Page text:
The Least Amount of Administrative Effort

Anyone who has ever decided to take a Microsoft certification knows how utterly evil and soul-consuming those tests and their dastardly trick questions can be. They don't want you to learn the information. They want you to fail. And then cry.

But that's not why I'm here today. While studying for this brain-sucking torture session test, I've noticed a theme in the hordes of practice questions I've been answering. A the end of almost every question, the grand people at Microsoft want you to accomplish the task with "the least amount of administrative effort." I always took this statement for granted. Obviously, if I'm going to do something, I'll do it in the least amount of steps possible. But the more I think about, the more I realize that the IT people are the only people that get paid to encourage laziness. Seriously, what other industry rewards lack of effort? In a world where everyone is pushed to try harder, if I'm trying hard, I'm obviously doing something wrong! Worded differently, each Microsoft question could have said "How is this problem solved, and how will you do it without ever getting out of your chair or picking up a phone?" And that's exactly what IT shops around the world are striving to achieve. We just implemented a remote desktop application (called Dameware) that allows us to look, change, and edit, all kinds of things on users' PC's without them ever knowing. That means we don't have to call them, we don't have to schedule around their meetings, and we don't have to deal with their PC illiteracy ("I'm looking at my keyboard, and I don't see the start button"). And we were applauded for finding and implementing this software.

Ironically, it's that same laziness that makes us IT guys stressed out and overworked. You see, we've fallen into the same trap that all technological innovation falls into. If I can kill two birds with one stone, I'll just be expected to kill more birds. If it takes an hour to fix an issue instead of two, then I'll just give you another issue to fix. That's why we now have 6 Desktop Support staff for 800 users. When I first started this job, I found a way to shorten a one and a half hour software installation to ten minutes. I was proud of myself, people were happy with the solution, and all was well in the world. Problem is, now we just get more of that software to install in a shorter amount of time.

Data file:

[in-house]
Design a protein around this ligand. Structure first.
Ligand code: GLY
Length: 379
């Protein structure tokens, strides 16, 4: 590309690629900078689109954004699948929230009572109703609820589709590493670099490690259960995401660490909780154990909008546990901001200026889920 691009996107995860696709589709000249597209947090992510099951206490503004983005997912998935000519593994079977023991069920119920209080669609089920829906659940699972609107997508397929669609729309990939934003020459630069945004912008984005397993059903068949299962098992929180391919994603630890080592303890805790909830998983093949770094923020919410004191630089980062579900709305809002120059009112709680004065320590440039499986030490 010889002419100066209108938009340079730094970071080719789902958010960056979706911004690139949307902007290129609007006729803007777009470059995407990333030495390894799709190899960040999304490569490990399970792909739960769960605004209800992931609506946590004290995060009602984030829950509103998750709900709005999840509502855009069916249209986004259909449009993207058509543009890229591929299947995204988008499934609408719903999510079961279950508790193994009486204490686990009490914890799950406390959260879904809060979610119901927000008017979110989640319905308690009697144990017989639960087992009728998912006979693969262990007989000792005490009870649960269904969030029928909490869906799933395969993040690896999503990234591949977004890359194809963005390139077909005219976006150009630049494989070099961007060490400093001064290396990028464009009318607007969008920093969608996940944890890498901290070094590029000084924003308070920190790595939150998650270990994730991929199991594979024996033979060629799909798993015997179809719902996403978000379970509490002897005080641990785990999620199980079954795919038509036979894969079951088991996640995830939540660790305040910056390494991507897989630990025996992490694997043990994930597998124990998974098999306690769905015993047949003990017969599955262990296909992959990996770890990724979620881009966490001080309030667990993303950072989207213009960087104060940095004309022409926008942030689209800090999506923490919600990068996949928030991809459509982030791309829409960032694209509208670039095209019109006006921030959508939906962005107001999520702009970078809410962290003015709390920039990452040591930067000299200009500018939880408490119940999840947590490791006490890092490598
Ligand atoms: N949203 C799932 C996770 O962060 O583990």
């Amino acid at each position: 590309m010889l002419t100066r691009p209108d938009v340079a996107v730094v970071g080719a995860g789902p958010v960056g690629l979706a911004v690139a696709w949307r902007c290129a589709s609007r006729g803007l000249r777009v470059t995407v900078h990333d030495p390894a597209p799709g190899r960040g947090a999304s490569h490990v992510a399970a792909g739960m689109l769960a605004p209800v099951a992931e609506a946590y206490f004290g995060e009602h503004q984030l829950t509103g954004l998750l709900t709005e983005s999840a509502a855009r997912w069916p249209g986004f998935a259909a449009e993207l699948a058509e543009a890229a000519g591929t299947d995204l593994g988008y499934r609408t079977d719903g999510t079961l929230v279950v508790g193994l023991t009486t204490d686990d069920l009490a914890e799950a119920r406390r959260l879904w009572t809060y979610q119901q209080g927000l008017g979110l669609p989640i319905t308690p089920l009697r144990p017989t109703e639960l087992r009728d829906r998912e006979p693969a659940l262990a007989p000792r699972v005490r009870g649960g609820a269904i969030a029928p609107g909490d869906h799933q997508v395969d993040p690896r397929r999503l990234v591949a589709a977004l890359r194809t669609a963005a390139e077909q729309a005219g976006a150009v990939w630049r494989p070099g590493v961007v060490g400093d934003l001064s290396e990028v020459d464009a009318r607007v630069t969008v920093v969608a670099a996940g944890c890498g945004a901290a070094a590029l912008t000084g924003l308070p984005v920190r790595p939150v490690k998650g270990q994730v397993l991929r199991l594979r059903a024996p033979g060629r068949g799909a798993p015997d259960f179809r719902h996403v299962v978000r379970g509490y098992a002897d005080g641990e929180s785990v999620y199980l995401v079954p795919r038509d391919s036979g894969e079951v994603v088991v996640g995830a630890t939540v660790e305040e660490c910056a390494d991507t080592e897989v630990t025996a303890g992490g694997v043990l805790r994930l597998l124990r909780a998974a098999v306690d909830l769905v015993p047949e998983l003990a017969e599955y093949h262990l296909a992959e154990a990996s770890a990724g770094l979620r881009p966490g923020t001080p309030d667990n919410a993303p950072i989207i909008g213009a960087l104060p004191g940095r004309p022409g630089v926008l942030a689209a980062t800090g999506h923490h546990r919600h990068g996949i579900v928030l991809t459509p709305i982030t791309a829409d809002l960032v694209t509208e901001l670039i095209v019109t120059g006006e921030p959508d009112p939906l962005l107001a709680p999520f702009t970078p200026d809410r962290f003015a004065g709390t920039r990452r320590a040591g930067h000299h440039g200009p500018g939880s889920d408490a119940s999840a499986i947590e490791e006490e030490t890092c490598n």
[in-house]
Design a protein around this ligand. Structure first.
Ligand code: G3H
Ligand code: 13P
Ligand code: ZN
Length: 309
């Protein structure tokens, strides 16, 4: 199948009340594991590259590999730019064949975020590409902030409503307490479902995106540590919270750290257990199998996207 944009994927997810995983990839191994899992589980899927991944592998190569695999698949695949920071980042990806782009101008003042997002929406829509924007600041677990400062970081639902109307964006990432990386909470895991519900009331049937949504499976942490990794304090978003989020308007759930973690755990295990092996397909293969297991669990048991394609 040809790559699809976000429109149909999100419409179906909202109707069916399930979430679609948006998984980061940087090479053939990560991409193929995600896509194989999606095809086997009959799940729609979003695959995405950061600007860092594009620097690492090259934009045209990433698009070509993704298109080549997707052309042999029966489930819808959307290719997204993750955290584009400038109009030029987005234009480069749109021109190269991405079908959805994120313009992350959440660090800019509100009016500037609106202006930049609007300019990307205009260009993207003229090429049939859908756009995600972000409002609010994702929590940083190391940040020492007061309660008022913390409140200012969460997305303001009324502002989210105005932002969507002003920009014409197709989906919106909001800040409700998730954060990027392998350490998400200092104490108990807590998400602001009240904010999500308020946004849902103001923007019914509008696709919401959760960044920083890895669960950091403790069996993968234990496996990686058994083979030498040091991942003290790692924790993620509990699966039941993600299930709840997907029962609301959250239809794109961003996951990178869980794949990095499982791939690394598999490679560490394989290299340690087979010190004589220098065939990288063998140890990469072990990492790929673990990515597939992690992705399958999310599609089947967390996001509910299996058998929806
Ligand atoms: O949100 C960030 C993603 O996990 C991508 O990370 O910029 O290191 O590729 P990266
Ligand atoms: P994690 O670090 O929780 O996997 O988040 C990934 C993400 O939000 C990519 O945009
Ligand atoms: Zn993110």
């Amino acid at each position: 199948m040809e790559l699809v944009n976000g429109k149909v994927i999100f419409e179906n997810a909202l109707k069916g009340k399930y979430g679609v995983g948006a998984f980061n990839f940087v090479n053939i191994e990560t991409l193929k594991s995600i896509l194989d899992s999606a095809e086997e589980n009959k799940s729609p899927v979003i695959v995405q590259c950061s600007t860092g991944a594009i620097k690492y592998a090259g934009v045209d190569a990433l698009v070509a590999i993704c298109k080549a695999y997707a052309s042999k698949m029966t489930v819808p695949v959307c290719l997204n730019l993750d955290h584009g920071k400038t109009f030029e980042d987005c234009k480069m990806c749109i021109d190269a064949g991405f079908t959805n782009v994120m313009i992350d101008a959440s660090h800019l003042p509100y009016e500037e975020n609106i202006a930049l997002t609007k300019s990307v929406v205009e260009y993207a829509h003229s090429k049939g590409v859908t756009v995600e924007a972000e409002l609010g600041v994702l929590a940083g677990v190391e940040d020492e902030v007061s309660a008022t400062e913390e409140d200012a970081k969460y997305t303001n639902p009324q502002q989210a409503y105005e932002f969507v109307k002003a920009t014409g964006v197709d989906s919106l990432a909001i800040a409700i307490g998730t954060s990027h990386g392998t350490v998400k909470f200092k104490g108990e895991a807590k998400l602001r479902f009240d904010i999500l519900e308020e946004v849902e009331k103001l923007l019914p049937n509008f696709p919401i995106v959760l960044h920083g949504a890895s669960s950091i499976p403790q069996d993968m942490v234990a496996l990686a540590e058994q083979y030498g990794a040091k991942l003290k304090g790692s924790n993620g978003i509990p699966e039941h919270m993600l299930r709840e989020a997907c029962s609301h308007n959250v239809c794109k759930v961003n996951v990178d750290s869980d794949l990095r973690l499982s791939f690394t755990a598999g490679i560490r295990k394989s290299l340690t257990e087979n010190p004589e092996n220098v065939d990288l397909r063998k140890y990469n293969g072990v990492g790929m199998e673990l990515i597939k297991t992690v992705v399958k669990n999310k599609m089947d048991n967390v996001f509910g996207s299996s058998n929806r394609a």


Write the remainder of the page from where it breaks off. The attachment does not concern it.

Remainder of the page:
So, maybe this "laziness doctrine" of IT isn't really accurate. It's really an "efficiency doctrine". You see, the other way to reword the Microsoft question is "How do I solve this problem, and how do I do it in the least amount of time so that the company saves money in man-hours, and I can quickly and efficiently go on to the next problem?"

This really just proves the point that people have been making for decades. Technology designed to make our lives easier is really just making us responsible to do more work. For each advance that improves our quality of life, we make it harder for ourselves to take time time and enjoy those advances. I think this is what drives the gadget movement. Admiring the latest gadget takes our minds away from the notion that in all actuality, technology makes our lives harder. The Blackberry that was going to organize your life and let you spend more time away from the computer is now a ball-and-chain extension of your work computer. Your multi-tasking speed demon PC was supposed to enable you to get things done faster is now requiring you to squeeze even more work out of your busy schedule, making you stay at work later.

I'm not going to leave you with an open-ended question of whether technology is good or bad. That one's been thrown around for ages. I have answers.

Technology is good. This trap that we find ourselves in - completely escapable. It's really all about staying ahead of the curve. The ones who adopt and adapt to technological innovation early and well will always appreciate the freedom that the technology brings. When the curve catches up and the manager is giving you more work, the real technology leaders are already finding a way to make that new benchmark easier to complete (with the least amount of administrative effort). The people that adopt the advances for the pure enjoyment of it, because they thrive on it, and because they understand the true value of advanced technology, those people are the ones sitting back in their office chair, finished, with time to spare because they took the time to learn the new Windows tweaks or that new Excel feature that made their lives just a little bit easier.

So, my answer is that technology benefits those who embrace it. If you let technology come and go, and take the advances for granted, you're doomed to be trapped by it, instead of liberated.

Now, I need to get my lazy butt of this chair and study for test...

with the least amount of administrative effort.

1 comment:

Benjamin said...

I hate Microsoft tests... That's all I really have to say.

Post a Comment